In an apparent coup d'etat, the President of Guinea was detained by rebel soldiers on Sunday. They have also announced the dissolution of the government, as well as the abrogation of the constitution and the closure of the border. The development came after hours of heavy gunfire near the presidential palace in the capital city of Conakry. The announcement was made on national television by army Colonel Mamadi Doumbouya.
The duty of a soldier, he told Guineans with the national flag draped around him, was to save the country. "We will no longer entrust politics to one man. We will entrust it to the people," declared Doumbouya in a televised address, flanked by about a half dozen other soldiers.
A mutinous section of soldiers in the West African nation detained President Alpha Condé, prompting a global outcry and calls for his immediate release. While this has so far gone unheeded, an update by Doumbouya said that the President was staying with the rebels in a safe location and had been examined by a doctor.
The rebels have also declared a nationwide curfew in the country and said that they would be replacing local governors and prefects with soldiers. A meeting of Guinean cabinet ministers and other top officials will reportedly be convened by the rebels on Monday morning. Any refusal to comply, they added, would be "considered rebellion" against the new leaders of the country.
His support base both within the military and among the people however remains unclear. With President Condé having been at the helm for over a decade, there is also the possibility of other soldiers loyal to the President attempting to wrest back control. Doumbouya who had been the commander of the army's special forces unit urged other soldiers to "to put themselves on the side of the people" and stay in their barracks. Citing the lack of economic progress since the country gained independence from France in 1958, he insisted that he was acting in the best interests of the nation.
While Conde's 2010 election victory (the country's first ever democratic vote) was supposed to be a fresh start for Guinea, critics contend that he has failed to improve the lives of people. In recent months, Guinea's longest serving President had also become a controversial figure, with his third term overshadowed by violent and deadly elections, results rejected by the Opposition and a Constitutional change that had allowed him to run in the first place.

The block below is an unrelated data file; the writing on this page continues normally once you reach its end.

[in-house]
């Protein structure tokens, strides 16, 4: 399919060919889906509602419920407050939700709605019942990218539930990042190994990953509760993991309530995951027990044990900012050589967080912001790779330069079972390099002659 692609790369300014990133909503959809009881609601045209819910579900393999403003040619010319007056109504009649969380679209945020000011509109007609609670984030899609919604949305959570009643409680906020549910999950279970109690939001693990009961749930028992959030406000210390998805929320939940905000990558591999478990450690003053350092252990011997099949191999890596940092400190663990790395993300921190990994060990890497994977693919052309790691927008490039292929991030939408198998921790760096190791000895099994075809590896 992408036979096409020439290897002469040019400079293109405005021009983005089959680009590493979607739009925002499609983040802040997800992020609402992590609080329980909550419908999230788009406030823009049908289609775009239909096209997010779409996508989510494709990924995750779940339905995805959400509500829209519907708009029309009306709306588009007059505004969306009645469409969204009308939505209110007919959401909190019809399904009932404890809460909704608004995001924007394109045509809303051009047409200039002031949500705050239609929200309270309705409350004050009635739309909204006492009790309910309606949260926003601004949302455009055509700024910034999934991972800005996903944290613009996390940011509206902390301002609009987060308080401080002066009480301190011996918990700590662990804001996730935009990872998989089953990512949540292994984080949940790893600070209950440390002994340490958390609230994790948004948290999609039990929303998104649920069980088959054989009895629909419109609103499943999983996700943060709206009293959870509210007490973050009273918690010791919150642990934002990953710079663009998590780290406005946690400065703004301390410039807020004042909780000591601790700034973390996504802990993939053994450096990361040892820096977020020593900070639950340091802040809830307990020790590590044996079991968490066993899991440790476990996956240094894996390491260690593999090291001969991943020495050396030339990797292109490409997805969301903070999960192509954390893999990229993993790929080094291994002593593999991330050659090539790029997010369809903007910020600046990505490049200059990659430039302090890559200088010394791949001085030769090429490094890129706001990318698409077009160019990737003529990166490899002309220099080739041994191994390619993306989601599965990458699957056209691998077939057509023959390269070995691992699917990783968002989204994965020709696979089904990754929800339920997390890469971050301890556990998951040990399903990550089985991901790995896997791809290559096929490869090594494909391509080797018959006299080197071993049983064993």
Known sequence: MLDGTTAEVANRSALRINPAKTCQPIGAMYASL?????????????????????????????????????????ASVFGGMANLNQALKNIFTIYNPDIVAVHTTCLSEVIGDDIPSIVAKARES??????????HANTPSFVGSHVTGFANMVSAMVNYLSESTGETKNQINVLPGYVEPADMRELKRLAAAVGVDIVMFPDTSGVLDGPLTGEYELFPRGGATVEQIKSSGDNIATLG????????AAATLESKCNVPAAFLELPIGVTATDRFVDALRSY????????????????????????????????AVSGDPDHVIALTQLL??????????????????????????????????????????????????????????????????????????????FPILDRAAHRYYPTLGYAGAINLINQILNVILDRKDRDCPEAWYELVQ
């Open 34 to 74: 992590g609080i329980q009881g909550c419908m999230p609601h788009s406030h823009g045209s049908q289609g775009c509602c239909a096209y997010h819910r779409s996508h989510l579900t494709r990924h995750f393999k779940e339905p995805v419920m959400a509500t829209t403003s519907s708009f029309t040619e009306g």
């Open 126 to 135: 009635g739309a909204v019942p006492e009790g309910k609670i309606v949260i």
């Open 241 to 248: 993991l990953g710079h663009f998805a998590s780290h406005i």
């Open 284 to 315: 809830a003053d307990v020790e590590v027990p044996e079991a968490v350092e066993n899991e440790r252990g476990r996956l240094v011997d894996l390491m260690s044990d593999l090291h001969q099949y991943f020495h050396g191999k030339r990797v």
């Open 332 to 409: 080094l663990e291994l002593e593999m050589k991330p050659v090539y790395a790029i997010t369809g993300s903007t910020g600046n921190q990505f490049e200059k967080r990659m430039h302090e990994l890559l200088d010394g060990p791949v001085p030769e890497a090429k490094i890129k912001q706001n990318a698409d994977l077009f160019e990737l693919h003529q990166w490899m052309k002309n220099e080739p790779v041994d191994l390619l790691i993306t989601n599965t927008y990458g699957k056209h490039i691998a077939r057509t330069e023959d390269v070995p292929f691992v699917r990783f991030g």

In March 2020, the 83-year-old had amended the constitution to allow himself the third consecutive presidential term. And while the change was made through a national referendum, the situation has since sparked widespread unrest in the country. The unrest intensified after he won the October election, and the opposition said dozens were killed during the crisis.
Even as supporters of the rebellious military took to the streets of Conakry chanting slogans of praise, the international response has been far from approving. Organisations such as the UN, the African Union and the Economic Community of West African States, as well as some regional bodies have condemned the military coup and called for the President's release.
"I am personally following the situation in Guinea very closely. I strongly condemn any takeover of the government by force of the gun and call for the immediate release of President Alpha Conde," tweeted UN Secretary-General Antonio Guterres.
European Union High Representative for Foreign Affairs and Security Policy Josep Borrell also took to Twitter condemning the coup and calling on the rebels to release President Alpha Conde. The US State Department warned against violence and urged authorities in Guinea to avoid "extra-constitutional" actions that "will only erode Guinea's prospects for peace, stability, and prosperity." ECOWAS has called for the restoration of constitutional order in Guinea and threatened the rebels with sanctions.
(With inputs from agencies)
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